Charles Dance, best known for his role as Tywin Lannister on the first four seasons of Game of Thrones, will be joining the cast of Godzilla: King of The Monsters. In addition, Sally Hawkins will be returning to reprise her role as Dr. Vivienne Graham from 2014’s Godzilla.
Deadline is reporting that Charles Dance has officially signed on to play a new character in Godzilla sequel. In addition, The Hollywood Reporter has added that he will be joined by Sally Hawkins, a scientist working for Monarch, the secret organization that has been keeping track of the giant monsters hidden throughout the planet Earth in order to contain them. It has been rumored that Ken Watanabe, who played a fellow Monarch scientist in the 2014 movie, has a window to appear in the movie if he so chooses, although nothing has been confirmed.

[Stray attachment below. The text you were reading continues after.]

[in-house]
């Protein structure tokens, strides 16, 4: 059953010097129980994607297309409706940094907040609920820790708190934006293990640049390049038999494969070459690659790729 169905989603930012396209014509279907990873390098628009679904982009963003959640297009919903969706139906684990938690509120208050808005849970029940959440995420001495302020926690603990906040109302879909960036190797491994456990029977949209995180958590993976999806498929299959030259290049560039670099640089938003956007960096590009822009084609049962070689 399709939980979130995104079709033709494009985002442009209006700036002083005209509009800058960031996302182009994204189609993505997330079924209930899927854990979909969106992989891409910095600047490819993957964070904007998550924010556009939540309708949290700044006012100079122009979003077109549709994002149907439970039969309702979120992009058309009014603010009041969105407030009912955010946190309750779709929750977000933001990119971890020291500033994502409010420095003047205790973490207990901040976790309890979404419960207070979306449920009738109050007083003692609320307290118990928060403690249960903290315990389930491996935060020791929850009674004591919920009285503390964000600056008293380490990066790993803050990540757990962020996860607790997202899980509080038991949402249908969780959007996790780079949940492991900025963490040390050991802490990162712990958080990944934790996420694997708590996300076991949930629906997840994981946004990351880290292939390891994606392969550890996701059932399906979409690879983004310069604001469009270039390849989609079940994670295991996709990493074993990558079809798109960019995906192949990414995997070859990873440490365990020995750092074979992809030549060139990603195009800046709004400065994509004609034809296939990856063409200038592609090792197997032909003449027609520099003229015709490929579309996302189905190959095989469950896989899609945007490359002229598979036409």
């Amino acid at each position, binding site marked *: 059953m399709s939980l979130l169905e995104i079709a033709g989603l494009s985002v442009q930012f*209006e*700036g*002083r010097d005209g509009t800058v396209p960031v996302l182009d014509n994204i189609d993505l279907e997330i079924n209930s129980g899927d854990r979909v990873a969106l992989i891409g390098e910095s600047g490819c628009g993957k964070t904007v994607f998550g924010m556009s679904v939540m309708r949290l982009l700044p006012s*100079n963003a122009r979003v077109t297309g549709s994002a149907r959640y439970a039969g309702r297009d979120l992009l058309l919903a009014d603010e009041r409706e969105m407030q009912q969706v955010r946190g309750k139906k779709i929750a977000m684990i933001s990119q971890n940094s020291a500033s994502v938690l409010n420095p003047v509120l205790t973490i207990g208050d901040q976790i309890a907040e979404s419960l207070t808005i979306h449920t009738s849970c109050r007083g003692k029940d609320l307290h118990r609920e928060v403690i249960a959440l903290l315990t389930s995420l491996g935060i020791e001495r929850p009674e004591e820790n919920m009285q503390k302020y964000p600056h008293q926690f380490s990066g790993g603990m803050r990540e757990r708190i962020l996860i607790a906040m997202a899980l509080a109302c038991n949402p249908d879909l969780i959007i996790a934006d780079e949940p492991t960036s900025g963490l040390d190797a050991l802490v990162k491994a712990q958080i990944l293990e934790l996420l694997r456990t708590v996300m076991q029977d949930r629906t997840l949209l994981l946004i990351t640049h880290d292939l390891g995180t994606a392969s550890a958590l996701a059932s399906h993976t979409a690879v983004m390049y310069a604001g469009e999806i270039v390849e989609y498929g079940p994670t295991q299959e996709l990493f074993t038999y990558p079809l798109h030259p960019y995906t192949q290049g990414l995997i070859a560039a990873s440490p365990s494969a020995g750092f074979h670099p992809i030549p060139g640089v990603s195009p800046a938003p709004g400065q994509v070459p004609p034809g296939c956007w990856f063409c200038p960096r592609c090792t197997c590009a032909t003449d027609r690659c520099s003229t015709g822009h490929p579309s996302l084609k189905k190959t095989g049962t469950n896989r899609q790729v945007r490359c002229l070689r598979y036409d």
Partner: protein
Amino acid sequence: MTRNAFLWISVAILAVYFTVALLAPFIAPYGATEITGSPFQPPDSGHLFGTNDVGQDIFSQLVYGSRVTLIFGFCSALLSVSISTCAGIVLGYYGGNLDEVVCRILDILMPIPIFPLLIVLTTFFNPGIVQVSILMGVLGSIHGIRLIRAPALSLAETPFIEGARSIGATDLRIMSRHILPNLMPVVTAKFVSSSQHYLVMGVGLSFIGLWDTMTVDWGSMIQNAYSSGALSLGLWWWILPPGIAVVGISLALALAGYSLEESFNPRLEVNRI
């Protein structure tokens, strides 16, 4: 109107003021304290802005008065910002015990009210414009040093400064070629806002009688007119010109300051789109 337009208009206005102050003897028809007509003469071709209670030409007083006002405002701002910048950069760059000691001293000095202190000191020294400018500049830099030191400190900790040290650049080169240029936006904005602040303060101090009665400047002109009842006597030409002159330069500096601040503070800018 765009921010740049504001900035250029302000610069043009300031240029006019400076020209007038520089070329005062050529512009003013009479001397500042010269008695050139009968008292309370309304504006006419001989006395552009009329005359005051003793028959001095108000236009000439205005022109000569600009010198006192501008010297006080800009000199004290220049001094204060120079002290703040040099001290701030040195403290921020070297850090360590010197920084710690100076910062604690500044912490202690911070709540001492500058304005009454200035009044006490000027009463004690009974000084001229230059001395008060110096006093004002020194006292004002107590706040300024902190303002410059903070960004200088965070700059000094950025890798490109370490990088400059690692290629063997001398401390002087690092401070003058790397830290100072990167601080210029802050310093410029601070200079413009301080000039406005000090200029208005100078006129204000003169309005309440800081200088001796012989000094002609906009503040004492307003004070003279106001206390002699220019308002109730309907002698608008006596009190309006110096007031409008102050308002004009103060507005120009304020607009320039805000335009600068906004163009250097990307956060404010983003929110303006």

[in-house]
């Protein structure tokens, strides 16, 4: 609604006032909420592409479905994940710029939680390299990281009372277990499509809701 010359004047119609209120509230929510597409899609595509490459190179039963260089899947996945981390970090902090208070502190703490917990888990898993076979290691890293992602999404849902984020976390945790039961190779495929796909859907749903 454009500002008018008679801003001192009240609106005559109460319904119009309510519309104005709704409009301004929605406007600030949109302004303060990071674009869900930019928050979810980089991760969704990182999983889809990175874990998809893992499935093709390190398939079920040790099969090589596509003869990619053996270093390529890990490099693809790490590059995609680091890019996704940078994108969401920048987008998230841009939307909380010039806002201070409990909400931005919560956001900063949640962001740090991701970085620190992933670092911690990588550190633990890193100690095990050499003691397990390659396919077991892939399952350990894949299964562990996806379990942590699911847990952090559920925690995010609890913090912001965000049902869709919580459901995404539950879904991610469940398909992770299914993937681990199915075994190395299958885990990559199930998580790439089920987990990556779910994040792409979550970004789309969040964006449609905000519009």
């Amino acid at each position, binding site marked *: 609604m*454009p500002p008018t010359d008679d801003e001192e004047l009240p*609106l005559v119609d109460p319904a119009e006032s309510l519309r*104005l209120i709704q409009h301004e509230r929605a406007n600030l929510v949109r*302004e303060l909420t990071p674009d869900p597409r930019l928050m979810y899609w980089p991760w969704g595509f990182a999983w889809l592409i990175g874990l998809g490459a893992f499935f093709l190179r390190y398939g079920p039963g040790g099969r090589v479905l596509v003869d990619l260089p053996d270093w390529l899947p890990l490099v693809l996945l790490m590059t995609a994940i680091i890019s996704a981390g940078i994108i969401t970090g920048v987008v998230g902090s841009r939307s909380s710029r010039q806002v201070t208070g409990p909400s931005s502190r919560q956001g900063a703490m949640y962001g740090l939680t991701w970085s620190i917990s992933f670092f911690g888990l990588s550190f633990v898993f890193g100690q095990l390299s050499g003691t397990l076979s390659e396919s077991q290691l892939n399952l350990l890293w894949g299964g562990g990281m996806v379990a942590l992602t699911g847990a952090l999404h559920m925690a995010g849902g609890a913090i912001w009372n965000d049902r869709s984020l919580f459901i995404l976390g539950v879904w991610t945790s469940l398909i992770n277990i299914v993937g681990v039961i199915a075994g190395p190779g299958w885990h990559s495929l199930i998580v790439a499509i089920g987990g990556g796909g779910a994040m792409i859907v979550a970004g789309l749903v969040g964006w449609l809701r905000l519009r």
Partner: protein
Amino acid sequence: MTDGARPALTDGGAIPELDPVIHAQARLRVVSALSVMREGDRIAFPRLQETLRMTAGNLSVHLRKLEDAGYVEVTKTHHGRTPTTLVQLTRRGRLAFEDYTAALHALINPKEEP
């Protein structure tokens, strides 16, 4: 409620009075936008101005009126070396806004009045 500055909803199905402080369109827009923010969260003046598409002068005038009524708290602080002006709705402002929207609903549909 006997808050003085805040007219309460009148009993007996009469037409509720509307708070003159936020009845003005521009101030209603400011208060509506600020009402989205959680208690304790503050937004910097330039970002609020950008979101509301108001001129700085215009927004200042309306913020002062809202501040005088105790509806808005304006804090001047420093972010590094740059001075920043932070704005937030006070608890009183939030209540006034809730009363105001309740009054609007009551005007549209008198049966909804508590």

Godzilla: King of the Monsters begins his reign on March 22, 2019. The film’s cast includes Millie Bobby Brown, Kyle Chandler, Vera Farmiga, O’Shea Jackson Jr., Aisha Hinds, Anthony Ramos, Charles Dance, and Sally Hawkins. As for other MonsterVerse offerings, Kong: Skull Island is still playing in theaters, and Godzilla vs. Kong will open on May 22, 2020.
10 ‘Godzilla’ Kaiju That Need To Be In The MonsterVerse
With both 2014’s Godzilla and this year’s Kong: Skull Island managing to outperform expectations, the MonsterVerse from Legendary Pictures and Warner Brothers is off to a good start. That being said, there’s room for growth amongst the roster of kaiju – thus far, only five classic kaiju have been confirmed to exist in the MonsterVerse: Godzilla, King Kong, Mothra, Rodan, and King Ghidorah, and of those, we’ve only seen two of them in action. Should the series continue to succeed, the setting’s going to need more than original monsters like the M.U.T.O. and the Skullcrawlers – it will need to pull in some fan-favorite monsters from the classic creature features to keep things interesting. Here are ten of Toho’s best kaiju that would make fine additions to the MonsterVerse, with explanations of who they are and why they need to be a part of the setting.